Cheating by breaking out and printing the contents of A$(X), at first, then going full-on Twenty One and dumping the successful phrase in the display code on line 5, I learn that some other viable answers are to BREAK DOOR (which I never tried, though I attempted to HIT DOOR and ATTACK DOOR), KNOCK KNOCKER (which I tried many times), GRASP KNOB, BATTER DOOR, RAP KNOCKER, PROD BUTTON, and THUMP KNOCKER.  And while the code checks for some of the traditional Anglo-Saxon curse words and duly admonishes the player with a NOW, NOW, LET'S NOT GET NASTY, it happily allows us to JERK KNOB and LIFT KNOCKER.  Less predictably, we can also CRY, CLAP HANDS, SCREAM, and WHISPER PASSWORD.

Unfortunately, it's not much fun to come up with any of these solutions, because the path to victory remains largely random -- even when we've discovered a solution that can work, its actual success is determined by chance, and unlikely to be the pre-selected answer next time around.  This tends to undermine the learning-by-experience vibe that makes most adventure games entertaining -- here, even if the player eventually discovers, say, ten workable phrases, the odds of one of them being usable in any given run, and hence the odds of the game being winnable at all, remain below 25%.  If we have the source code handy, then sure, 44 moves is always enough to arrive at the right solution.  But it never feels much like adventuring, and so The Door ends up being nothing more than a 44-sided die roll dressed up with a cardboard Dungeon Master.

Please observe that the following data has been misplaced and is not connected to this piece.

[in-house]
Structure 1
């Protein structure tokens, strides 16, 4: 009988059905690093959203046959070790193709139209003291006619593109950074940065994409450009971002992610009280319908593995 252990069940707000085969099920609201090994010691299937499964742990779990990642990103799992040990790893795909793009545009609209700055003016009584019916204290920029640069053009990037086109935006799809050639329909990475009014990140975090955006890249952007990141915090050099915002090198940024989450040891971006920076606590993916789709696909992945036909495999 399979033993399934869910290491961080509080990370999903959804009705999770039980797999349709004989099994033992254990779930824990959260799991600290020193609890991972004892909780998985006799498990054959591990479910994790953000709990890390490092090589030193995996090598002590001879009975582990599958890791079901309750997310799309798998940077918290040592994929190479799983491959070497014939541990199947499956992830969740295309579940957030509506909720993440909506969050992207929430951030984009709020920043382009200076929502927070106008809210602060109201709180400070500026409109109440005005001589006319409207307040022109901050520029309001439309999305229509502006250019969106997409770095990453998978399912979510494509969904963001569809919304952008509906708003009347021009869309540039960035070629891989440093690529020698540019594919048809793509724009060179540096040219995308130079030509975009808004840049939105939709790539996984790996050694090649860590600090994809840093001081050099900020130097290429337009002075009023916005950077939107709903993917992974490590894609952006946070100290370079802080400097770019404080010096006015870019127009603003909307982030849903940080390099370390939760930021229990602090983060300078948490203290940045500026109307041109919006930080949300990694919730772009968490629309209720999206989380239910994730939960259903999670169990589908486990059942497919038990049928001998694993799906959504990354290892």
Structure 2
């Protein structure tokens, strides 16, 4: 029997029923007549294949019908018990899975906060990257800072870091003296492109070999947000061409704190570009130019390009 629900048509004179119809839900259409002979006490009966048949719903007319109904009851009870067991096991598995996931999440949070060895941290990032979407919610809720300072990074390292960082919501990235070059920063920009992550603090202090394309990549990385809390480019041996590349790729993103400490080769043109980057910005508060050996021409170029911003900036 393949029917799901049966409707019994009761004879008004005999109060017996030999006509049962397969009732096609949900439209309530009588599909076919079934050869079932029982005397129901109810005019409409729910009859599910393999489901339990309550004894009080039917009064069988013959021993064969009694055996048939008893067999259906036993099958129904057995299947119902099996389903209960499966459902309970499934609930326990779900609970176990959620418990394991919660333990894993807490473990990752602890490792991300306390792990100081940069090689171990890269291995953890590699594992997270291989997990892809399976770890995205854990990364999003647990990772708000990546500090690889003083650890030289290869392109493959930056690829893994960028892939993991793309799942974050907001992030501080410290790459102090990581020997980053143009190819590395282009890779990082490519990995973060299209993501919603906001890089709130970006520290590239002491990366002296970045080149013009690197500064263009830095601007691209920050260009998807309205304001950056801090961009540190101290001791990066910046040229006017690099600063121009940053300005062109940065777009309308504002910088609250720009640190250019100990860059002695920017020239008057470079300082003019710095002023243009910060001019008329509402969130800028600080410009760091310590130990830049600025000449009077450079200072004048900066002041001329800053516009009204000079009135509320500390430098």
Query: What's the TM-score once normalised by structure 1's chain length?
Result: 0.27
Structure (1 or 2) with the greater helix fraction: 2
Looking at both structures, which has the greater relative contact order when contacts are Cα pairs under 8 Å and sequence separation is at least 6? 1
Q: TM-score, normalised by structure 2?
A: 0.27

Tuesday, September 23, 2014

Adventure of the Week: A One Room Adventure (1982)

This week, we're tackling A One Room Adventure, another contest winner from The Rainbow Book of Adventures.  This BASIC-language adventure was written in 1982 by Jorge Mir (who also wrote Dreamer) and published in early 1983, tackling a theme more commonly in recent interactive fiction -- an entire adventure that takes place in a single room.

The premise briefly summed up on the title screen is more explicit about the traditional adventurer's amnesia than the norm; our mission, of course, is to figure out what's going on and escape the room.

I hesitate to recommend A One Room Adventure for general use, only because there are a couple of design limitations (and/or bugs) that make two of the more complex puzzles more difficult to solve than ought to be the case; I had to dig into the code to figure out just what I was missing near the very end of the game.  So feel free to plunge straight into the...

***** SPOILERS AHEAD! *****

We start in the middle of a room, sitting on a chair, blindfolded.  We have nothing in inventory.  I try to ROCK CHAIR -- SORRY, I JUST DON'T KNOW HOW TO ROCK ANYTHING.  Trying to REMOVE BLINDFOLD reveals that, as we might have guessed, MY HANDS ARE TIED WITH A ROPE.  Even so, with a FEEL BLINDFOLD we somehow manage to not feel anything unusual, and we can't WIGGLE EYEBROWS to loosen it.